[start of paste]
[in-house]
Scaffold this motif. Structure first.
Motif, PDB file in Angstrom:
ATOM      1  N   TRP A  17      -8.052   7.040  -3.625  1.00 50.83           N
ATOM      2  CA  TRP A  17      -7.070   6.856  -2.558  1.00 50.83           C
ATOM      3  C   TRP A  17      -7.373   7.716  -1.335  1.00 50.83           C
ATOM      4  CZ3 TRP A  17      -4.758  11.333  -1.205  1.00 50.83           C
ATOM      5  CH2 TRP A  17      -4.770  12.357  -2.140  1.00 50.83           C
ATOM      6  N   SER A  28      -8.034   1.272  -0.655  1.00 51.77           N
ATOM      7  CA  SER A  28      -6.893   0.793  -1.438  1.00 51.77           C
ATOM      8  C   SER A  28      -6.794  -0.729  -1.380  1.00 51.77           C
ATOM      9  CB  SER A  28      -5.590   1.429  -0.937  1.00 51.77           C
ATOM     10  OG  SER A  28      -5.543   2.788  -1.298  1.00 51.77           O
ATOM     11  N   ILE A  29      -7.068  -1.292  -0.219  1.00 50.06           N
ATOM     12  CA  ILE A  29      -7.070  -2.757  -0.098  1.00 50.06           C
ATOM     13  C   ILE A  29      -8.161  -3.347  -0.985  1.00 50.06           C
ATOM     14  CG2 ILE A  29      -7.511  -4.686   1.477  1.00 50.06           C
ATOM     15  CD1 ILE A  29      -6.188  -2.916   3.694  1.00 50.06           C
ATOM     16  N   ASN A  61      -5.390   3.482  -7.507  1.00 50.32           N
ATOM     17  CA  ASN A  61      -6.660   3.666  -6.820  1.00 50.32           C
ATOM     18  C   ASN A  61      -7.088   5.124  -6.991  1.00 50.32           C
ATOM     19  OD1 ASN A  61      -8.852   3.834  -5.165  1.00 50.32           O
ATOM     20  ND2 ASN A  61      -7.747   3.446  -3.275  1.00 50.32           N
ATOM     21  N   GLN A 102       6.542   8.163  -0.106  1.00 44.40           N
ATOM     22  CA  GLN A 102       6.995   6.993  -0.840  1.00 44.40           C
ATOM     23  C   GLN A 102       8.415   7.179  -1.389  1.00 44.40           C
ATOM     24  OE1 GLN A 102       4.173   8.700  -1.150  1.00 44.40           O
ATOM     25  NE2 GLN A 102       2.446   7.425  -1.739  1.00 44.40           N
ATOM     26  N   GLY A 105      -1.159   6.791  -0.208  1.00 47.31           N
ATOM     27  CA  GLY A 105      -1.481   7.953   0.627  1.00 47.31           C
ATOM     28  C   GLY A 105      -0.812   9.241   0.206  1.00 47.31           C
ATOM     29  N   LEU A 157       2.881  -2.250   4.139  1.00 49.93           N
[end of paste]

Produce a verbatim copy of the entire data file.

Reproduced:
[in-house]
Scaffold this motif. Structure first.
Motif, PDB file in Angstrom:
ATOM      1  N   TRP A  17      -8.052   7.040  -3.625  1.00 50.83           N
ATOM      2  CA  TRP A  17      -7.070   6.856  -2.558  1.00 50.83           C
ATOM      3  C   TRP A  17      -7.373   7.716  -1.335  1.00 50.83           C
ATOM      4  CZ3 TRP A  17      -4.758  11.333  -1.205  1.00 50.83           C
ATOM      5  CH2 TRP A  17      -4.770  12.357  -2.140  1.00 50.83           C
ATOM      6  N   SER A  28      -8.034   1.272  -0.655  1.00 51.77           N
ATOM      7  CA  SER A  28      -6.893   0.793  -1.438  1.00 51.77           C
ATOM      8  C   SER A  28      -6.794  -0.729  -1.380  1.00 51.77           C
ATOM      9  CB  SER A  28      -5.590   1.429  -0.937  1.00 51.77           C
ATOM     10  OG  SER A  28      -5.543   2.788  -1.298  1.00 51.77           O
ATOM     11  N   ILE A  29      -7.068  -1.292  -0.219  1.00 50.06           N
ATOM     12  CA  ILE A  29      -7.070  -2.757  -0.098  1.00 50.06           C
ATOM     13  C   ILE A  29      -8.161  -3.347  -0.985  1.00 50.06           C
ATOM     14  CG2 ILE A  29      -7.511  -4.686   1.477  1.00 50.06           C
ATOM     15  CD1 ILE A  29      -6.188  -2.916   3.694  1.00 50.06           C
ATOM     16  N   ASN A  61      -5.390   3.482  -7.507  1.00 50.32           N
ATOM     17  CA  ASN A  61      -6.660   3.666  -6.820  1.00 50.32           C
ATOM     18  C   ASN A  61      -7.088   5.124  -6.991  1.00 50.32           C
ATOM     19  OD1 ASN A  61      -8.852   3.834  -5.165  1.00 50.32           O
ATOM     20  ND2 ASN A  61      -7.747   3.446  -3.275  1.00 50.32           N
ATOM     21  N   GLN A 102       6.542   8.163  -0.106  1.00 44.40           N
ATOM     22  CA  GLN A 102       6.995   6.993  -0.840  1.00 44.40           C
ATOM     23  C   GLN A 102       8.415   7.179  -1.389  1.00 44.40           C
ATOM     24  OE1 GLN A 102       4.173   8.700  -1.150  1.00 44.40           O
ATOM     25  NE2 GLN A 102       2.446   7.425  -1.739  1.00 44.40           N
ATOM     26  N   GLY A 105      -1.159   6.791  -0.208  1.00 47.31           N
ATOM     27  CA  GLY A 105      -1.481   7.953   0.627  1.00 47.31           C
ATOM     28  C   GLY A 105      -0.812   9.241   0.206  1.00 47.31           C
ATOM     29  N   LEU A 157       2.881  -2.250   4.139  1.00 49.93           N